Similarly, creating a database rule (e.g. a workflow in your CRM) to trigger candidates to opt in again or update their data after a certain period of time is probably a good idea.

Last but not least, companies should regularly check for bounced email addresses to remove from their CRM.

3- Data accuracy, retention, and destruction

But GDPR-compliance extends beyond internal company processes. It is vital to ensure that candidates who opt out are automatically removed from any workflows or automated campaigns. This is difficult to achieve when data is stored in different places, which is why one centralized, connected system is advisable.

Beyond the opt-out clause, companies subject to the GDPR are also responsible for the data they resell or pass on to other organizations. This is especially relevant considering that, over the past years, the talent acquisition industry has been experiencing the rapid fusioning of marketing and recruiting, leading to the increased popularity of “recruitment marketing”. 

The essence of recruitment marketing involves data collection and processing to better understand the customer profile and communicate the employer brand. This is mainly achieved through the use of recruitment marketing platforms — essentially software that centralizes the operations of all marketing campaigns, providing easily trackable and measurable results along the way. 

Discover also : Recruitment marketing: the future of talent acquisition?

Considering that marketing practices will continue shaping the way recruitment is carried out in the years and decades to come, it is all the more important that companies involved in recruitment marketing understand how the GDPR might impact the way they attract, hire and retain talent. 

4- Security

Last but not least, under GDPR, companies must carry out a Data Protection Impact Analysis (or DPIA) before implementing their overall GDPR plan. The goal of this analysis is to help identify and minimize privacy risks associated with the company’s data processing activities. 

In case of a data breach, companies are required to notify the affected parties within 72 hours.

For clues about the format of the DPIA, companies should look to trade associations and trusted partners for best practices, but some common security issues include: physical security, IT systems, use of unencrypted emails, use of portals, poor password management, poor controls over mobile devices, and security of remote access/VPN.

In case of a data breach, companies are required to notify the affected parties within 72 hours. That’s why HR teams should formalize a communications plan for their database so that they’re prepared and, consequently, can avoid fines. This is a simple matter of drawing up a legally-reviewed email template that can immediately be sent out if a breach should occur.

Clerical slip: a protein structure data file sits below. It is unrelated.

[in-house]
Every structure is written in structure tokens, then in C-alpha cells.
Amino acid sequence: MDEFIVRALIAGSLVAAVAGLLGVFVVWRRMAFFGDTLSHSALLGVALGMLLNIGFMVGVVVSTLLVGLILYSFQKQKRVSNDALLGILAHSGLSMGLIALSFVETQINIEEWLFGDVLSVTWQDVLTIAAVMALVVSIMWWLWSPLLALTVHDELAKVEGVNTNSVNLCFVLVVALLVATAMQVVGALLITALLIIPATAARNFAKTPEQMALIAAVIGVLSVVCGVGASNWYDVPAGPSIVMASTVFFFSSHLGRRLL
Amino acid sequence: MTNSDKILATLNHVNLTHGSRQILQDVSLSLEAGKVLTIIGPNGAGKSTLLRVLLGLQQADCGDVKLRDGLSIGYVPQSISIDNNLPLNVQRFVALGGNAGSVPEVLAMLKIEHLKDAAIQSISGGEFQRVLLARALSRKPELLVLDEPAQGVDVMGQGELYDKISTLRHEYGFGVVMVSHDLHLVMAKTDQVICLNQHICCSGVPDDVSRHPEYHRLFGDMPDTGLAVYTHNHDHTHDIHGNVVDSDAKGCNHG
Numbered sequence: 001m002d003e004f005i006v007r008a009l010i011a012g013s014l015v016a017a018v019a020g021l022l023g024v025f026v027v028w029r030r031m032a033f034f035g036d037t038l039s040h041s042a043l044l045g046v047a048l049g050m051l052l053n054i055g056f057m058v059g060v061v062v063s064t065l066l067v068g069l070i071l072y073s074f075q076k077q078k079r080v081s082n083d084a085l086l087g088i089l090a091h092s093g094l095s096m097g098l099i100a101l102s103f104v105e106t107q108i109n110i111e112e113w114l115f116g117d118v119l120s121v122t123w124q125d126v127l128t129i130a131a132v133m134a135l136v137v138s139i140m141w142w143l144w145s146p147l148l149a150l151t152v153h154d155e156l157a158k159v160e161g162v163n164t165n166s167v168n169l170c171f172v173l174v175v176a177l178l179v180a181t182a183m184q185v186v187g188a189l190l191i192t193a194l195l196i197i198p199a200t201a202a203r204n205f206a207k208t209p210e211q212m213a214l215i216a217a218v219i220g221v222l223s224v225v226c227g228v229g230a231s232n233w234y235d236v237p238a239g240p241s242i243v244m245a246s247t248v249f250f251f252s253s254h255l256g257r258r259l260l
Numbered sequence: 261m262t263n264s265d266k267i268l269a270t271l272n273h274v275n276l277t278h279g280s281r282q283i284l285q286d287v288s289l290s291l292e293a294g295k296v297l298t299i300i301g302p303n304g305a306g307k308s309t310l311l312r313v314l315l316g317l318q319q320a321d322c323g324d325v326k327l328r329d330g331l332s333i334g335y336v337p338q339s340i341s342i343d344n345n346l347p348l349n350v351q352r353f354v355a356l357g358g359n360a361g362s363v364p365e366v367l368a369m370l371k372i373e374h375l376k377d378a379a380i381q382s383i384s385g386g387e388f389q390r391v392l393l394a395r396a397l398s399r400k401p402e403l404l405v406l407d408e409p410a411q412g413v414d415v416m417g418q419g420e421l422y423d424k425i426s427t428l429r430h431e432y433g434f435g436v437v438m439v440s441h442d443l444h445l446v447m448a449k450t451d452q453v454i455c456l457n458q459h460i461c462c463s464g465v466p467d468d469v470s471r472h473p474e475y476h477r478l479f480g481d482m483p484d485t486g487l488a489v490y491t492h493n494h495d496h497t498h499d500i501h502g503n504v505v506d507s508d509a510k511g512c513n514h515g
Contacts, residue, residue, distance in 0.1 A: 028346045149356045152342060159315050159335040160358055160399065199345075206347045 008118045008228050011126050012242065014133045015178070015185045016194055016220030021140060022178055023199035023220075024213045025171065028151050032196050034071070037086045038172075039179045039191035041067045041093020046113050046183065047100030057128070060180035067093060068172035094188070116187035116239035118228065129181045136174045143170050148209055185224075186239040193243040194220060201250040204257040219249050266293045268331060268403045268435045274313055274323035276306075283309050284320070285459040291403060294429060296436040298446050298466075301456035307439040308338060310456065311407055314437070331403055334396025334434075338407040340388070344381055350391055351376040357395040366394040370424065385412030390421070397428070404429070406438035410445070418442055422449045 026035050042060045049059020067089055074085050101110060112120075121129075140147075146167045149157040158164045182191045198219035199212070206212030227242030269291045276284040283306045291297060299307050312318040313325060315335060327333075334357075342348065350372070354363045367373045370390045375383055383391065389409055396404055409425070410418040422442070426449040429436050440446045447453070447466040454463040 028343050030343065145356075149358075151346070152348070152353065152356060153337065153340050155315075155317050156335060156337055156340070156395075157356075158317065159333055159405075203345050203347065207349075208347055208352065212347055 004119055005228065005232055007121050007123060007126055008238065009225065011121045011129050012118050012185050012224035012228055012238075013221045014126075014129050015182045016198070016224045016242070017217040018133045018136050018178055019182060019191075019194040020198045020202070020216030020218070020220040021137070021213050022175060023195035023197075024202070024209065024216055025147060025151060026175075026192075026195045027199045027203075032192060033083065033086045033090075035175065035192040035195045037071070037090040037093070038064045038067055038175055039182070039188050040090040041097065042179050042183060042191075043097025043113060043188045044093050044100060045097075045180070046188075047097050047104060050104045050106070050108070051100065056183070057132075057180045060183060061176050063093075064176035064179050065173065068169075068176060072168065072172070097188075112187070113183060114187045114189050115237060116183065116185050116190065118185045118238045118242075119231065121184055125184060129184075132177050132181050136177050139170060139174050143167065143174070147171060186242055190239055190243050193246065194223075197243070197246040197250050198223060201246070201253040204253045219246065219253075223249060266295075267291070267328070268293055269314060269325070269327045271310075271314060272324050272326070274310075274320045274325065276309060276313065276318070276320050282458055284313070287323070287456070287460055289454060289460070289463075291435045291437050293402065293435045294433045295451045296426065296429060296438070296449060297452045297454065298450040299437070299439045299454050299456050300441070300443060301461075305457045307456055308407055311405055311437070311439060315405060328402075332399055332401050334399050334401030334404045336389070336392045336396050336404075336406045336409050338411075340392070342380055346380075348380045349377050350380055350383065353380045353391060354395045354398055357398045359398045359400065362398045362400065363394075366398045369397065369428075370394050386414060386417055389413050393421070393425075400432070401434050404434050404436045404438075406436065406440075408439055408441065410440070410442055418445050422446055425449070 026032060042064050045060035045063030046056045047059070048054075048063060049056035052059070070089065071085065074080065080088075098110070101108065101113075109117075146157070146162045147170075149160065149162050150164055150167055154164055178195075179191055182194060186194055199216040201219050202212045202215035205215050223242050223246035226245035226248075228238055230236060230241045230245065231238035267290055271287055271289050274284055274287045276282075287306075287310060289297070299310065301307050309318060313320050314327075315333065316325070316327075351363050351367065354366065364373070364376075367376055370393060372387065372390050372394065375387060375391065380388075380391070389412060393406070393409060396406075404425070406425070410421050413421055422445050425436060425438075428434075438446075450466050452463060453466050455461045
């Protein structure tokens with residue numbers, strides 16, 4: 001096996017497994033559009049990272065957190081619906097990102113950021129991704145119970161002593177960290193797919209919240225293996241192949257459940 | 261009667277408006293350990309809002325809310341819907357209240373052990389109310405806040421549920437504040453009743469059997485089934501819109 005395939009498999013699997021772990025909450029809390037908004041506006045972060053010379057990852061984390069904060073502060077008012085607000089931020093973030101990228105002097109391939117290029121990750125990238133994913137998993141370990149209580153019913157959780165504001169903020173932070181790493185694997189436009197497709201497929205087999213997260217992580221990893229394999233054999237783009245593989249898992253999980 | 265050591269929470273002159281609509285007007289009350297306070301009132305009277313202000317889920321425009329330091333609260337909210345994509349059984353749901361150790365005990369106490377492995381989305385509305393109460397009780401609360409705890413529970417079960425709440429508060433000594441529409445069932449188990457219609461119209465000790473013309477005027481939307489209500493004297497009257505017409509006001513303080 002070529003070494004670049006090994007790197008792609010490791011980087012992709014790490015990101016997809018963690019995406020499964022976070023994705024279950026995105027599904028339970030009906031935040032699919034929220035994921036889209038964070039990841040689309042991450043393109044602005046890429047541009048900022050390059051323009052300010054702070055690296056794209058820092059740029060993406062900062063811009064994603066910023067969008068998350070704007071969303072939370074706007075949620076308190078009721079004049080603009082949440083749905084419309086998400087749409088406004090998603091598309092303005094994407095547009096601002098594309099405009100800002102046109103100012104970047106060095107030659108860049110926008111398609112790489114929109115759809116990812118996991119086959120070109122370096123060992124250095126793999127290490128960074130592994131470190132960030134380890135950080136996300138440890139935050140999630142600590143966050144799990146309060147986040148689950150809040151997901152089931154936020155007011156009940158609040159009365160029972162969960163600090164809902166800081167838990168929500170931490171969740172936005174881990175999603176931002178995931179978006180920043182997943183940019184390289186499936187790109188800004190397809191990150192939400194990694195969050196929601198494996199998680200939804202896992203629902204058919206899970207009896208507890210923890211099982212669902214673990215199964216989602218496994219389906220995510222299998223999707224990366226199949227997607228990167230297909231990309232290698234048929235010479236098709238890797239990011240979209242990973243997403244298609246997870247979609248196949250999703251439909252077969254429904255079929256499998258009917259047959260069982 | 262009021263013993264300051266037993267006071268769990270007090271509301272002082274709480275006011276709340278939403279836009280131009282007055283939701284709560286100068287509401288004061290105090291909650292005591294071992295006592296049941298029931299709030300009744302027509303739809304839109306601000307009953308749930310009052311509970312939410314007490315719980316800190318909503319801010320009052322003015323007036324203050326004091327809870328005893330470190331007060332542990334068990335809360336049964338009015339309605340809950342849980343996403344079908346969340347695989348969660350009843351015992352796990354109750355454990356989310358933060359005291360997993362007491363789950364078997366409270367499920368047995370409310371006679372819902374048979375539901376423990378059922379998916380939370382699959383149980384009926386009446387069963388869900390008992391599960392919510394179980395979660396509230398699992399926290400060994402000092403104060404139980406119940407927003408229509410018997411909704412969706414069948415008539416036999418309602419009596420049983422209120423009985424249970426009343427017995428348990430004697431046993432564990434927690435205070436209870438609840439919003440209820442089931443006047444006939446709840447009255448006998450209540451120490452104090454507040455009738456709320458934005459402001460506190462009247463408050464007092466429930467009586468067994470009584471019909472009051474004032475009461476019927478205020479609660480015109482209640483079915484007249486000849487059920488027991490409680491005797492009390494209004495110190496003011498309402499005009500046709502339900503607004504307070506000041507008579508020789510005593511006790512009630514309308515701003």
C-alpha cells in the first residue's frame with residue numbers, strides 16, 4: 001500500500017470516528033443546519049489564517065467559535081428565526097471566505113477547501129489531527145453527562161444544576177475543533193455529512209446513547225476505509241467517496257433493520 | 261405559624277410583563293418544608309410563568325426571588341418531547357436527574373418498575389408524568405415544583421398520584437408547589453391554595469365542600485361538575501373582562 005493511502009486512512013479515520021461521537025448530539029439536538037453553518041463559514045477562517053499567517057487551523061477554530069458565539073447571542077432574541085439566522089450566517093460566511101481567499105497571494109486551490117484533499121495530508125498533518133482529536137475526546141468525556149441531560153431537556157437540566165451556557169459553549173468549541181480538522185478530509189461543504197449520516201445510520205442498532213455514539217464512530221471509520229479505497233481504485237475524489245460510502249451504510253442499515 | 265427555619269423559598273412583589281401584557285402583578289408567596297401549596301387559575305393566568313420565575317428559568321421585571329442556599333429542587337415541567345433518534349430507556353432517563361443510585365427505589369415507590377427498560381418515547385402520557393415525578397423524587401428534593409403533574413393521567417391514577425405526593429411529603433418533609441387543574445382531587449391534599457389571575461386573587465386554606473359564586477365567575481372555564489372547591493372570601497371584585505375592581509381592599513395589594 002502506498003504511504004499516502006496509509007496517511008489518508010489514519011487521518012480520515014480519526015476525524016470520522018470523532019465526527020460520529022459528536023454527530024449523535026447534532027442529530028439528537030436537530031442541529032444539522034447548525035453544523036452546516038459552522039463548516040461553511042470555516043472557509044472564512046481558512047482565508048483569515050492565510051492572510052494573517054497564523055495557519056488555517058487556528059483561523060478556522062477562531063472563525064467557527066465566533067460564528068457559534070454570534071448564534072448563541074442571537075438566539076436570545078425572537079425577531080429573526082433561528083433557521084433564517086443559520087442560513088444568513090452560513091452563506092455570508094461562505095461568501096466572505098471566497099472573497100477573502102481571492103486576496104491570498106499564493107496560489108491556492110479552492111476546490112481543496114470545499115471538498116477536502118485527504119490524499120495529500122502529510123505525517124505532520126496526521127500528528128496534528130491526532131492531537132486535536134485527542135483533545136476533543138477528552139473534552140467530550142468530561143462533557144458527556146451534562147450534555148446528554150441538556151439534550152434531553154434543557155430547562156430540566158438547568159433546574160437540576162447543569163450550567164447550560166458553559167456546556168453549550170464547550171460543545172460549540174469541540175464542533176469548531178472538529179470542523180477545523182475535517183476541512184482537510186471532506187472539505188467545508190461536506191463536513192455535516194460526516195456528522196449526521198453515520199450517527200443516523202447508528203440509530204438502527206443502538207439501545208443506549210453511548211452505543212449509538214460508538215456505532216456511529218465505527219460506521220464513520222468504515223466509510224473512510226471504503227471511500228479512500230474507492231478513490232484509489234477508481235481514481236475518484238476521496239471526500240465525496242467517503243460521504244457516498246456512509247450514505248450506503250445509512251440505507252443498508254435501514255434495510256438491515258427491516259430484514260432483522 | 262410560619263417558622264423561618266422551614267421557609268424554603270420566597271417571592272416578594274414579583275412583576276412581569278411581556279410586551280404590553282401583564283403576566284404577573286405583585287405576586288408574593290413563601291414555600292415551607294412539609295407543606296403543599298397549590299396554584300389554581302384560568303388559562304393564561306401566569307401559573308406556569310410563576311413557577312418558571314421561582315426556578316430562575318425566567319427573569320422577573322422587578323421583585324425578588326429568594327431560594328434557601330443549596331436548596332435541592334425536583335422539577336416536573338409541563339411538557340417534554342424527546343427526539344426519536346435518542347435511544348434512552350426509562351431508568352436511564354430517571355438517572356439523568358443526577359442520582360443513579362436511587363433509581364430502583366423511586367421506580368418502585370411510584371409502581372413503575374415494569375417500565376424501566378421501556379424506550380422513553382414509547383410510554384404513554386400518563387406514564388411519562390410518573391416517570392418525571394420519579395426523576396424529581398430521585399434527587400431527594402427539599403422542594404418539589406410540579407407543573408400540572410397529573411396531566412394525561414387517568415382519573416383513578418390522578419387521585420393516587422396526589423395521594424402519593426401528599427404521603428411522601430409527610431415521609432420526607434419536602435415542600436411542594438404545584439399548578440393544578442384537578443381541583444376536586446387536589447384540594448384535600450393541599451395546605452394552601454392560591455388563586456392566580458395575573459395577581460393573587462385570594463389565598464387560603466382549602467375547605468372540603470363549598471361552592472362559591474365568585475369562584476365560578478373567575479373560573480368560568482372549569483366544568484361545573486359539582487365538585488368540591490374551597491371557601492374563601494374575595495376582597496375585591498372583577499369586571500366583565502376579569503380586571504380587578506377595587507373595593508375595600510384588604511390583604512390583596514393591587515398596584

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Turning GDPR into an opportunity for HR

With all this talk of regulation and compliance, it is easy to overlook the immense positive change the GDPR could provide to outdated HR systems. 

Companies should view the new law as an opportunity to modernise their HR systems, and the business case of doing so is obvious. The GDPR could lead to better defined, more efficient processes for the handling of employee data, which in turn would lead to greater transparency and trust among employees. 

Moreover, having less — but better — data is likely to lead to more accurate insights.

Last but not least, the respect for privacy will enhance the employer brand (of course, this is assuming that employees actually care about having their data secured and protected).

Indeed, most companies today have employee data spread out across different platforms (difficult to track), and use multiple security modules to access employee data (difficult to keep harmonized and updated). In the end, this leads to multiple, disconnected business cases.

But, with the GDPR looming on the horizon earlier this year, forward-looking companies started to invest in a single system for HR, offering full tracking and auditing, a single database for employee data, and a single security module. The expectation is that this will improve insight, drive engagement, and improve the overall candidate experience. Contrary to today’s mass messaging system — which relies on scale to generate engagement — the GDPR forces HR professionals to think carefully about how, when and why they communicate to their database. The hope, therefore, is that this centralized system will create a more streamlined business case, and, most importantly, better GDPR-compliance.

Instead of seeing the GDPR only as a burdensome, labour-intensive and expensive reform, it can therefore just as easily be viewed as an opportunity for HR to clean up databases and centralize candidate data into one single system. 

Doing this is likely to pay off in the future, both in terms of increasing trust among employees and customers, as well as boosting productivity and efficiency. 

At a time when employee happiness and office culture are in the spotlight, the GDPR gives HR professionals a strong incentive to think about how to better organize processes and systems around data privacy

Against all odds, it might actually trigger a real wave of HR innovation. 


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Writing: Kyrill Hartog

Illustration: Marcel Singe